If you receive a call, email, or text message claiming to be from SingPost, please do not provide any personal information, such as your full name and bank account details, or transfer any money that may be requested. Even if the email or text message you received contains the SingPost name or logo, please do not reply to it or click on any hyperlink in it. If we are unable to deliver an item to you, you will receive a physical Non-Delivery Advice to collect the item from a Post Office or POPStation.
A Singpost SMS Scam
How to assess the legitimacy of calls, email & text messages
We do not initiate automated voice calls and our primary language of communication is English. All official email from SingPost will be sent from addresses ending with "@singpost.com". They will not be sent from personal email accounts such as Hotmail, Gmail, or other unfamiliar email domains. We also do not initiatve any text messages asking you to claim a prize or to do a survey.
SingPost is working closely with the Singapore Police Force to assist the public from falling for such scams. You may lodge a police report if you receive such calls, email or text messages.
If you have further questions, please call our hotline @ 1605.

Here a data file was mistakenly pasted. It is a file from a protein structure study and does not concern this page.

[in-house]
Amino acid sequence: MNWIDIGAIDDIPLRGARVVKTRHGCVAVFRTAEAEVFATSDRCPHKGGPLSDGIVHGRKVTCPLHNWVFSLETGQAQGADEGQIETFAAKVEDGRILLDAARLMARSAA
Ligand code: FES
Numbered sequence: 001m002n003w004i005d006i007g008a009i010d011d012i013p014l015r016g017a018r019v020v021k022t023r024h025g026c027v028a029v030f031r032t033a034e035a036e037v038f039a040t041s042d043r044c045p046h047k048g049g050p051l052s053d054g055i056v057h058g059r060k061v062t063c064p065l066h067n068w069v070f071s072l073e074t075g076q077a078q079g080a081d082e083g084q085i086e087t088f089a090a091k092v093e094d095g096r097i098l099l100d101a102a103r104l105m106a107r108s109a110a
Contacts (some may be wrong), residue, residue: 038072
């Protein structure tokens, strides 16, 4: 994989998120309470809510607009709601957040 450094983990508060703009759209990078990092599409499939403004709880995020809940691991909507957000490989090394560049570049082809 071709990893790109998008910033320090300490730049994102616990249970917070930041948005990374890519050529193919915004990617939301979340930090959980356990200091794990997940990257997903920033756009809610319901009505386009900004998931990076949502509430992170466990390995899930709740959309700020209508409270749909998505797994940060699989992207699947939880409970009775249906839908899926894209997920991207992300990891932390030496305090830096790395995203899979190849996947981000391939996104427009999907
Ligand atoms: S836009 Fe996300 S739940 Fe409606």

You may also visit the National Crime Prevention Council's scamalert.sg website for more information about various types of scams.
Some of the parcel scams appear to be phishing attacks, in which someone attempts to obtain confidential information such as your passwords, credit card and bank account details, and other sensitive information. These can be in the form of an official-looking email, website popup, text message or phone call.
As part of our commitment to protect SingPost and our customers, here are some tips to help you spot phishing email and protect yourself from a phishing attempt.
How to Avoid Phishing Attacks
Here are some general tips to protect yourself against a phishing attempt:
- Beware of email or websites asking you to click or reply to provide a confirmation or for your personal, financial or other sensitive information. A phishing email tends to address you generally as "Dear Sir/Madam". It tends to also urge you to act quickly or with threats.
- Beware also of pop-ups. Do not click on hyperlinks, download files or open attachments unless you are sure that the source is legitimate.
- Beware of text messages asking you to claim a prize or to do a survey by following a hyperlink
- Look out for any security warnings displayed by web browsers and any security software. If there is a security warning, it is best to follow it.